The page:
Surface Preferance

If your dog has a surface preferance, you first have to remove those preferred items from his place. The second thing you have to do is to make sure your dog knows what rooms, items or materials are off limit to him. You will not accomplish anything by taking the items away from him. You have to confronte the behaviour. So if your dog pees on blankets or papers don’t give him any in his place, but put one in front of you on the floor. Now make sure your dog knows, you own that blanket and it is off limits. Try this with all the preferred items in different areasand and repeat frequently.

Age-related or Medical Incontinence

There is not really much you can do about this problem. Just like humans these are some of the symptoms of getting old. Don’t blame your dog for getting old.  Try walking your dog more often for short periods of time. Some older dogs completely empty their bladder while others may leak small amounts of urine when they are asleep or leak continuously. If there is no medical solution and short walks are not enough, you might consider doggy diapers.


 Anxiety and Excitement

Sometimes when a major change happens in a dog’s life (like a new family member or pet, a new house or losing a pet or family member) the dog may develop anxiety issues. This anxiety can cause a dog that has been housebroken for years to suddenly start urinating or defecating indoors. This kind of behaviour needs a different approach. You have to take the anxiety away before you can break their bad habit. A fearful or anxious dog needs a strong leader. By showing your dog that you are in charge and your dog can relax. Take him on daily walks, keep his mind aswell as his body busy and make sure your dog has a safe and quiet place to retreat.
If your dog has seperation anxiety and this results in urinating or defecating in the house it is crucial to gradually accustom a dog to being alone, by starting with many short separations that do not produce anxiety and then gradually increasing the duration of the separations over many weeks of daily sessions. In these cases you might consider getting a dog behaviourist or dog trainer involved.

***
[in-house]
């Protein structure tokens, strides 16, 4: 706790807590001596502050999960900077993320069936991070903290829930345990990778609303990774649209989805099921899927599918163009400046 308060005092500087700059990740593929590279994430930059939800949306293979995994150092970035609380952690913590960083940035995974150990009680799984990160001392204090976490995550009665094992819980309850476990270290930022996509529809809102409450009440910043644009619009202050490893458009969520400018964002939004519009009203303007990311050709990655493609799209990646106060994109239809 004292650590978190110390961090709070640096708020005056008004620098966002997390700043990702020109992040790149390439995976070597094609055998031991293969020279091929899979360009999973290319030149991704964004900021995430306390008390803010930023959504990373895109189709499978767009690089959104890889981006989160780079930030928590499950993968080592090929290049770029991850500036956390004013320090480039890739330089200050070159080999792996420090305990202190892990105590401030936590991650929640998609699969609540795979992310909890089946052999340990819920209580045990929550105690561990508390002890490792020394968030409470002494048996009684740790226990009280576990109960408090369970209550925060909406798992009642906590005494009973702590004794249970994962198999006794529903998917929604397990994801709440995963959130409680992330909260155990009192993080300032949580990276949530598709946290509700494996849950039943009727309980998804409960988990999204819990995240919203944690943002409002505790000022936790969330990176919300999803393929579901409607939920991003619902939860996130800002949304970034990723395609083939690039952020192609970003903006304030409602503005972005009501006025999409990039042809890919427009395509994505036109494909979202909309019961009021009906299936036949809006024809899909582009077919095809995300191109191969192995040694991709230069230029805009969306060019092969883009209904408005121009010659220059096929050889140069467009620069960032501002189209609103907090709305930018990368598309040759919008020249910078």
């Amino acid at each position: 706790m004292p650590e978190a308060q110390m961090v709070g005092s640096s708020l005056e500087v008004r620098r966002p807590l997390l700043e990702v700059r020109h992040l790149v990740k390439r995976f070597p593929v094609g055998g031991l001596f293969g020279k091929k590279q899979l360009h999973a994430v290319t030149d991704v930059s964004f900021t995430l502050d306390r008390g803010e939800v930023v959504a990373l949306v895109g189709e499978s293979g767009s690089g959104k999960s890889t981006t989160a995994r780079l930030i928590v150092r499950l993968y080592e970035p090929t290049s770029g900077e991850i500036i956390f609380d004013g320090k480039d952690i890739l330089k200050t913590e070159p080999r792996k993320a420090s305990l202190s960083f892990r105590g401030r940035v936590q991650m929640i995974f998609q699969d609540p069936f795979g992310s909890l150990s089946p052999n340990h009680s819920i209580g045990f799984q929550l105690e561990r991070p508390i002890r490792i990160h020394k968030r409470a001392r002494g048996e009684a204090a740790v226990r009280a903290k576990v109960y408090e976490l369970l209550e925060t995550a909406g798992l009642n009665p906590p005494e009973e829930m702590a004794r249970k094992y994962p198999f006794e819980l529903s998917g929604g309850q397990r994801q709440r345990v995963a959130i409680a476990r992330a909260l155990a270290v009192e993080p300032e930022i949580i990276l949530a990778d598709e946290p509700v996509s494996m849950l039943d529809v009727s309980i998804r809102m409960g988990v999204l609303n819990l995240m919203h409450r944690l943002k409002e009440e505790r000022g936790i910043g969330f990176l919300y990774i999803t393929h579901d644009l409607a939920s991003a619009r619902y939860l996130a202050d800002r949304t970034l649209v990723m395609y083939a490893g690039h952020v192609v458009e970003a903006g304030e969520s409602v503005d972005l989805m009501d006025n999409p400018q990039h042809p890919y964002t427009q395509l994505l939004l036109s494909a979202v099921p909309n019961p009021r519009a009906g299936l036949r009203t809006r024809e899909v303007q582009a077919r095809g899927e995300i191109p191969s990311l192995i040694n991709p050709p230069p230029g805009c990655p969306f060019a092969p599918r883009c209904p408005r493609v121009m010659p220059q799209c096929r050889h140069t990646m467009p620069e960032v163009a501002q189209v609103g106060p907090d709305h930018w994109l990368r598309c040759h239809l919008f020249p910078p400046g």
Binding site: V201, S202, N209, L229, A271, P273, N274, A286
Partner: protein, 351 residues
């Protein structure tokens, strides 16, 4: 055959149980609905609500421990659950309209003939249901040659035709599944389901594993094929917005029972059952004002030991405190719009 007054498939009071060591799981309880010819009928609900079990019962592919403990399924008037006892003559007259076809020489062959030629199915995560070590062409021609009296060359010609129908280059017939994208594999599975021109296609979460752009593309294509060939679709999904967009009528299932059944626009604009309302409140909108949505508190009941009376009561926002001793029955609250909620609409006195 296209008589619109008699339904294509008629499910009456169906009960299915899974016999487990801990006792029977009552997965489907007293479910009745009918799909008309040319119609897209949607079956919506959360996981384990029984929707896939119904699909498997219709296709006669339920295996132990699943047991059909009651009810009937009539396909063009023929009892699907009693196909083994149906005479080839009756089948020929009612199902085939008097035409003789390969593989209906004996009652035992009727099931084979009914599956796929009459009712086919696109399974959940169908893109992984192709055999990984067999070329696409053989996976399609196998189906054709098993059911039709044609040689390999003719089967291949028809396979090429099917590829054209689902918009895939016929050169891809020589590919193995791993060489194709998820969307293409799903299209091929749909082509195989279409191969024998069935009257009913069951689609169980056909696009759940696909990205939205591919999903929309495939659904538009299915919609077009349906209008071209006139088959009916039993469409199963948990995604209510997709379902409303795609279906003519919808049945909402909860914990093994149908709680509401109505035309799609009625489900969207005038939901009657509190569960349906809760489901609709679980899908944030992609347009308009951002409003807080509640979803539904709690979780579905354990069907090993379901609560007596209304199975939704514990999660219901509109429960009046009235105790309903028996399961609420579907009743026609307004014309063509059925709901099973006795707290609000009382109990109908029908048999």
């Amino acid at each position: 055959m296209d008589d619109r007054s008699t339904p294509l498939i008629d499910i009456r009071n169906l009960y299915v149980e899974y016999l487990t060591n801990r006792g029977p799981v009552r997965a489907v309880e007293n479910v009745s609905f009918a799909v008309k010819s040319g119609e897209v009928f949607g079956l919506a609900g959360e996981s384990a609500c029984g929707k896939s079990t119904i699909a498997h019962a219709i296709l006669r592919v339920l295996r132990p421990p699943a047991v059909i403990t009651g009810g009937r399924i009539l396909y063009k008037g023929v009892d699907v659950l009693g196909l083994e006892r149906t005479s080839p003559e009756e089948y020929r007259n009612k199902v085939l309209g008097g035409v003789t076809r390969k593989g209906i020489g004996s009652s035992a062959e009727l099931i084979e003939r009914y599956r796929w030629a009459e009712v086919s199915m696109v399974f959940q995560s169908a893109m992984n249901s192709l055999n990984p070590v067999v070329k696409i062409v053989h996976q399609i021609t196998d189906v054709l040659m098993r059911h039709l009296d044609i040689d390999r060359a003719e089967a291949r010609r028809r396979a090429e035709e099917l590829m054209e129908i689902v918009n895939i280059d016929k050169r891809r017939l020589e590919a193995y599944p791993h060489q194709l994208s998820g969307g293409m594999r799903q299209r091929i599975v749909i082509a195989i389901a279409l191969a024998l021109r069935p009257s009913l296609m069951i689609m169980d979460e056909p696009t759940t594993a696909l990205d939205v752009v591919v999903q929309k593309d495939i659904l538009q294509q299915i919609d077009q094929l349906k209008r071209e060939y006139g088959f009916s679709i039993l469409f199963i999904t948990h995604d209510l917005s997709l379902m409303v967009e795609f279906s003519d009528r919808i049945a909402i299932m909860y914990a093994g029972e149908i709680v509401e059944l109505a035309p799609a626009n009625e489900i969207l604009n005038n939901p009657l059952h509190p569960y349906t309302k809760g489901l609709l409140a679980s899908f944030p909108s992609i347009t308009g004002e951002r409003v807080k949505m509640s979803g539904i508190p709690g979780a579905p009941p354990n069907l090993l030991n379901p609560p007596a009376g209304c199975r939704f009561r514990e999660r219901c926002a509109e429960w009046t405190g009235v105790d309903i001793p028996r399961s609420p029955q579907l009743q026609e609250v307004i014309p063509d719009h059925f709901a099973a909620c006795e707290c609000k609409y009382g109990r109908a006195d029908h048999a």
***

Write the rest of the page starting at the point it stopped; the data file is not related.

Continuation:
What NOT to do

  • Do not rub your dog’s nose in it’s waste. First of all it does not work as a training method and second of all it is cruel
  • Do not get angry or physically punish your dog for eliminating indoors. Do not hit with a newspaper, spank or jerk on it’s collar. Realize that if your dog has an accident in the house, you failed to adequately supervise, you didn’t take her outside quick enough, or you ignored or were unaware of signals that it needed to go outside. Punishment might frighten your dog and will probably even worsen the problem!
  • Confining your dog is not a solution to the problem and is cruel
  • Do not crate your dog if she soils in the crate. This will just teach the bad habit of soiling the sleeping area and will make it even harder to house train your dog


House training is a process that takes time and patience and above all structure.  Don’t get frustrated, for some puppies or dogs it may take a little bit longer, but in my experience most dog are house trained in a few days even the adult dogs. Let’s end this blog with some related funnies 😉



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Raising a Bulldog
Leash Walking
The Bulldog Hall of Shame

Puppy Training

Getting a puppy or adopting a dog can transform your house into a Loving Home.
But without careful preparation, your new pet can turn the your home into a mess.
The following preparation tips will get you on your way to having it all;
a loving home and a happy and tidy home.